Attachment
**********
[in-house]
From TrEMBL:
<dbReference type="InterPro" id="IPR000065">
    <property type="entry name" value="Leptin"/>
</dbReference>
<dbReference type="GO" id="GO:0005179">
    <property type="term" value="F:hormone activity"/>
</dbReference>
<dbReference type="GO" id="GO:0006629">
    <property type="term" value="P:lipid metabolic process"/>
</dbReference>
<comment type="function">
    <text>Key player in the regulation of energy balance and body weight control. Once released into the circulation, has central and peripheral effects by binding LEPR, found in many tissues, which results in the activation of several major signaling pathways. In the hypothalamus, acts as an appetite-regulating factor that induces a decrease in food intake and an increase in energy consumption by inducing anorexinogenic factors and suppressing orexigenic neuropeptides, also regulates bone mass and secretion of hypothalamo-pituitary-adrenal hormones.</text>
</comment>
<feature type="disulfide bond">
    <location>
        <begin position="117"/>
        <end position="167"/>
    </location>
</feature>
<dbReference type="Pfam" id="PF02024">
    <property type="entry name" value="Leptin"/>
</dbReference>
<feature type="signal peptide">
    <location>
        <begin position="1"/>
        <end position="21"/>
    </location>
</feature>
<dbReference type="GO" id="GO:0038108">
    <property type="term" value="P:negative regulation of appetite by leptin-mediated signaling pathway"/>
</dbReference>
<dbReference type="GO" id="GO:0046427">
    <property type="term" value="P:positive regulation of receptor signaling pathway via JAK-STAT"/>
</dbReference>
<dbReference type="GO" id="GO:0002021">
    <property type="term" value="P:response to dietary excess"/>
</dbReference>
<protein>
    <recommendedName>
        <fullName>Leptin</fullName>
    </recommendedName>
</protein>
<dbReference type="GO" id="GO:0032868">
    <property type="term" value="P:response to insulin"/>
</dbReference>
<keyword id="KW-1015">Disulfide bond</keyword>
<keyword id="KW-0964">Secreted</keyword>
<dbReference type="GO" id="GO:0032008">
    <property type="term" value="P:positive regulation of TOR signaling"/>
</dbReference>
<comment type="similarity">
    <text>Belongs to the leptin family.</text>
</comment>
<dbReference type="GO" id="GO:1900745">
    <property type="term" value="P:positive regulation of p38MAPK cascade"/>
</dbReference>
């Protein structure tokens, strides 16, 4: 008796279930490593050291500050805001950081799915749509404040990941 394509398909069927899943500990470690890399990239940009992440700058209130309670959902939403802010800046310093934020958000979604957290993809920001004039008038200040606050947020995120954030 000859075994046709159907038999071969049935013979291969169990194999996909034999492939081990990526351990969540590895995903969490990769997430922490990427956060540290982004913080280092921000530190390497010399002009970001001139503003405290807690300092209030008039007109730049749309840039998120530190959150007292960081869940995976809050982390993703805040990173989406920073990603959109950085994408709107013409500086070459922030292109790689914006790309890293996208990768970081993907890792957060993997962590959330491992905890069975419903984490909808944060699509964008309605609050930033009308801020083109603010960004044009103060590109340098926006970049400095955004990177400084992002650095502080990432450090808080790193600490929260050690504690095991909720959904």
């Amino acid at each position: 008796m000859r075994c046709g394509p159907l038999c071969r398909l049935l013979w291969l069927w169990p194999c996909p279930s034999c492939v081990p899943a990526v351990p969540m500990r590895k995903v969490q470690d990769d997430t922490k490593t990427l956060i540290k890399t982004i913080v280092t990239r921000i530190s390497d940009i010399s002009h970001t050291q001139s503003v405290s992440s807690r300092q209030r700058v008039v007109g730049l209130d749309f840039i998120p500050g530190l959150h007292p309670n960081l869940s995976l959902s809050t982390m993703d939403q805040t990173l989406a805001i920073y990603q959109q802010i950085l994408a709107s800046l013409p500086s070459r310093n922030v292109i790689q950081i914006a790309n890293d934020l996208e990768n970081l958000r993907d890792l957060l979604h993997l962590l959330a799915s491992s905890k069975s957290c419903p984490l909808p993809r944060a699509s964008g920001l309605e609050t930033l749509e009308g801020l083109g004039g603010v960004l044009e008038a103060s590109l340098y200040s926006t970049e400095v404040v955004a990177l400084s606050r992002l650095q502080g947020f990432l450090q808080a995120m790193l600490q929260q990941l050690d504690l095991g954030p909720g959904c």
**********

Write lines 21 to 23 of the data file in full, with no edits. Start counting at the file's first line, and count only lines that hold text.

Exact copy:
<dbReference type="Pfam" id="PF02024">
    <property type="entry name" value="Leptin"/>
</dbReference>